-Interviews of key staff members and tenant (Asheville Symphony)

-Investigate, assess and measure the existing acoustical conditions of the auditorium, including the solicitation of input from the Asheville Symphony.

-Evaluation of structural capabilities and acoustical enhancements required, current code compliance and cost estimation for implementation as related for a mutually negotiated number of staff generated renovation options/concepts.

Why do I see a direct competition for dollars and support between the Thomas Wolfe renovation plan and plans for the proposed performing arts center? Both are seeking public money for support. Both are essentially the same size. Both seek to be the preferred home of the Asheville Symphony.

Here’s a relevant section of a story about the two plans by Carol Motsinger, formerly of the Asheville Citizen-Times, late last year:

“We have not actively sought donations for the past two years as our focus changed from private (donors) to seeking advocacy from the public sector,” said Michael Stoll, president of the Asheville Area Center for the Performing Arts.

Mayor Esther Manheimer said she has met with center representatives “many times and am familiar with the various plans.”

“A performance center would be a wonderful addition to the rich cultural fabric of Asheville,” said Manheimer. “Yes, local government should support such an effort. However, the city is challenged to support the effort financially.”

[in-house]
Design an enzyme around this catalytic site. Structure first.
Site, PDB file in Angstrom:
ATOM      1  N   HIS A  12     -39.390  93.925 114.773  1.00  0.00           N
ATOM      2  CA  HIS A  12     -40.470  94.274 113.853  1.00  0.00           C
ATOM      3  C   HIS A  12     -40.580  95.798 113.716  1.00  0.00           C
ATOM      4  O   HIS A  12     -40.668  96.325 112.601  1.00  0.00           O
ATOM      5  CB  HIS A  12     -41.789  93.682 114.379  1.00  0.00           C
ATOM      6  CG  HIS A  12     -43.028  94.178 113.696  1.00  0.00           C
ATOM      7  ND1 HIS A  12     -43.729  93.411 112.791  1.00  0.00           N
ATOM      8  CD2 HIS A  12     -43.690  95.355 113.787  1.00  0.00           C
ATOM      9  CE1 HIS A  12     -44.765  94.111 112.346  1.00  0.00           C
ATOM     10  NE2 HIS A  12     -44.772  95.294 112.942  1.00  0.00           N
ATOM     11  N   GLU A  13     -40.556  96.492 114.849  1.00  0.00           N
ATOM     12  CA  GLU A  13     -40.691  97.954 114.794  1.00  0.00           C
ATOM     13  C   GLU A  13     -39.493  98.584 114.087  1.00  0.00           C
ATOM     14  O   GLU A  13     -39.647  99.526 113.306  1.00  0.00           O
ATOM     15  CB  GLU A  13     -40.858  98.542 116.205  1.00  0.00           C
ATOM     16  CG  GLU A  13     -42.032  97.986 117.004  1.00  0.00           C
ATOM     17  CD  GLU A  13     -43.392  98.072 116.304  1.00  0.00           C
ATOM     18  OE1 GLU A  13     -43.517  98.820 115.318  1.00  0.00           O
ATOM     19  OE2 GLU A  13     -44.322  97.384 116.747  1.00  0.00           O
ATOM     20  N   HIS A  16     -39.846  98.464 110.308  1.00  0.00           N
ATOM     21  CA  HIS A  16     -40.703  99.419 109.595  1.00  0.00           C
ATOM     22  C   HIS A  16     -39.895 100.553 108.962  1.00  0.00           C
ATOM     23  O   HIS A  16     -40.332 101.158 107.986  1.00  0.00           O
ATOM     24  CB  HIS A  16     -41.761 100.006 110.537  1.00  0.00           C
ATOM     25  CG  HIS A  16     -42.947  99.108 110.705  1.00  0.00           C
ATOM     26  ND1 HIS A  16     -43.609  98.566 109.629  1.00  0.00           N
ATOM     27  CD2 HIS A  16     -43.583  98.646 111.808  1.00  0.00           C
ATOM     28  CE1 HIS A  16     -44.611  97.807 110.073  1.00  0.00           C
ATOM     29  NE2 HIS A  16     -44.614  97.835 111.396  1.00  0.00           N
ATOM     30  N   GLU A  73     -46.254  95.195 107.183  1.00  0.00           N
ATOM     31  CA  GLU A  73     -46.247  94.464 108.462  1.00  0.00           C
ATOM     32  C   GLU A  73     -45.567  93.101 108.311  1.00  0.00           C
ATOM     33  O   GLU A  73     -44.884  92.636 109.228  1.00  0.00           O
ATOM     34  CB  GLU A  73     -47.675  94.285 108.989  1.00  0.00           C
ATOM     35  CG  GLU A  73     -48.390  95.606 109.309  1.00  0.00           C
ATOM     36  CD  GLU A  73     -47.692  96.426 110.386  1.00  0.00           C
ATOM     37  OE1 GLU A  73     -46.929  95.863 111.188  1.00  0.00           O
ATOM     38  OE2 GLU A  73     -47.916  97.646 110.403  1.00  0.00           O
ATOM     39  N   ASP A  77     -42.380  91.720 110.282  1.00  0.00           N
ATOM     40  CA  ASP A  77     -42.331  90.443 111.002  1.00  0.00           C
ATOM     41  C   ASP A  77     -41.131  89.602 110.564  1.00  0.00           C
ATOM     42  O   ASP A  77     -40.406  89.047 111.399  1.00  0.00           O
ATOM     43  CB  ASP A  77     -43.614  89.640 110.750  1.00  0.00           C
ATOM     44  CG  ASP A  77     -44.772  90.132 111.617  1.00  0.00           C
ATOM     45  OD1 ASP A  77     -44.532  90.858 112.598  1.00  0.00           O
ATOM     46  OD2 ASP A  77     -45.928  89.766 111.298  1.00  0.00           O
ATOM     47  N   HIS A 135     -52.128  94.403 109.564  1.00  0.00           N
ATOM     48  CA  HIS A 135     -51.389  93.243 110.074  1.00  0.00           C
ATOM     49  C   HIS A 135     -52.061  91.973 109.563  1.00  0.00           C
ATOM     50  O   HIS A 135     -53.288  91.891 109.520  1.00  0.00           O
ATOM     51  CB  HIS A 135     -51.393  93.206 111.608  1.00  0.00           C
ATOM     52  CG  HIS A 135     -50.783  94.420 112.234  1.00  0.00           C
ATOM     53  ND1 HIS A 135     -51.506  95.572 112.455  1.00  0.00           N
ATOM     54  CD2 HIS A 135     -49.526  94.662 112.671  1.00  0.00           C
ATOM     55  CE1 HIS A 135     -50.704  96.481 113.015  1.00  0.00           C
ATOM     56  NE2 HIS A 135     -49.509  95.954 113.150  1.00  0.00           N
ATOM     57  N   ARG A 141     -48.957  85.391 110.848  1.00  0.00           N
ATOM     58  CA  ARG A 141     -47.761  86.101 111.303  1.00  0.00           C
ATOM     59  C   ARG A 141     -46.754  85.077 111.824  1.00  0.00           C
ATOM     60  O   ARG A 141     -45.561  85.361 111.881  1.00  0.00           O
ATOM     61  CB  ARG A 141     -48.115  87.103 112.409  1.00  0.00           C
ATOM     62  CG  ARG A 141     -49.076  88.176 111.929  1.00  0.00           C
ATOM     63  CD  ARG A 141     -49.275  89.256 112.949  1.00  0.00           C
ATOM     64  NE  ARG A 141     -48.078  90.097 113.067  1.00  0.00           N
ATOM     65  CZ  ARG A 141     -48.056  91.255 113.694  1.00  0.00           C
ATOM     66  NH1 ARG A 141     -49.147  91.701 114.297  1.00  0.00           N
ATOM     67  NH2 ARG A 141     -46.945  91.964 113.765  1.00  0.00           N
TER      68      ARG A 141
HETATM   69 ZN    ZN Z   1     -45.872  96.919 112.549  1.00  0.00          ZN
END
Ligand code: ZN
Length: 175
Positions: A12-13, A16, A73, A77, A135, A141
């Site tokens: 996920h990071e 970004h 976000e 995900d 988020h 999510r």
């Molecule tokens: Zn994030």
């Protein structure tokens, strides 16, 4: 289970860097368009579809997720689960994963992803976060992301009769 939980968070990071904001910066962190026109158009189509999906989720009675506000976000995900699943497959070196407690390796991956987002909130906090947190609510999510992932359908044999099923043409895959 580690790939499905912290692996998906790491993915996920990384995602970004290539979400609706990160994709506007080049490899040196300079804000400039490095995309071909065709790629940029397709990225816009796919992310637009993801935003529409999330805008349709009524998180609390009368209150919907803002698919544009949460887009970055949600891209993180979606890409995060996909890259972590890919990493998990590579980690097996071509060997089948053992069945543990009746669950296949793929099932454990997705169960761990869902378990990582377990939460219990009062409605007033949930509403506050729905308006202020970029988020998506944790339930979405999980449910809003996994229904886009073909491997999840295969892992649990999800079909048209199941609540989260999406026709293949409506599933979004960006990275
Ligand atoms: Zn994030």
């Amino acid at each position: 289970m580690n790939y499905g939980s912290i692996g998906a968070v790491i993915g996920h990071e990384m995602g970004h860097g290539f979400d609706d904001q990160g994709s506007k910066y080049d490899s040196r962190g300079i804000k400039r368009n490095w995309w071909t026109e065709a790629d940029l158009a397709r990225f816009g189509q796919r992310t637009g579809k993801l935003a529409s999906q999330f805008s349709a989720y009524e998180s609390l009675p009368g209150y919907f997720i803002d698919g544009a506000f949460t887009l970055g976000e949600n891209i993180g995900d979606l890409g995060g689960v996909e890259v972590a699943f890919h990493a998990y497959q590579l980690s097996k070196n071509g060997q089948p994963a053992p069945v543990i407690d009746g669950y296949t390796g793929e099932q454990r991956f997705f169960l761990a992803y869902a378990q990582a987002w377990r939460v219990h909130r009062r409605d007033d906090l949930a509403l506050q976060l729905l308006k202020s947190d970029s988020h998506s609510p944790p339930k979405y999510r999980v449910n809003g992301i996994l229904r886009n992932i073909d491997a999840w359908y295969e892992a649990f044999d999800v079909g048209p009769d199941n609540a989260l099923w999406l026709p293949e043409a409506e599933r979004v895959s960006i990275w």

The board is now considering six sites, all within two miles from the city center. Stoll said they are now studying the feasibility of each location.


Jason Sandford

Jason Sandford is a reporter, writer, blogger and photographer interested in all things Asheville.

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  1. Bill March 25, 2015

    I first went to Thomas Wolfe back when it was the Asheville Auditorium and hosted the Harlem Globetrotters. The building has served its purpose but needs to be torn down and replaced with a new facility that will take it and us to new heights. Perhaps they can save (restore) the old facade and keep the atrium, but there is too much wrong to make it right.

  2. Sandi March 20, 2015

    The Thomas Wolfe has extremely bad acoustics. Seating in general is horrible. What we need is something like the Peace Center (Greenville, SC) so we can support the larger productions and traveling shows.

  3. orulz March 20, 2015

    One of the worst things to me about the Thomas Wolfe is how far away the seats are in the back rows. Modern performing arts centers are not nearly so long and tend to place more seats in the balconies to bring people closer to the stage.

    A successful redesign might push the front wall of the performance hall forward (leaving more space backstage), and add a full-width balcony. The ceiling may not be high enough to accommodate this without a significant drop in capacity, so that may complicate things – but then again, roofs can be raised. They did it to the Greensboro Coliseum – twice, in 1972 and again in 1993. The lower level of that arena has seen more moderate upgrades since construction in 1959.

  4. Sarah March 19, 2015

    What a great idea! It’s about time the City renovated the Thomas Wolfe. It has so much potential, and the last thing we need in another performance center in Asheville. Can’t wait to see it!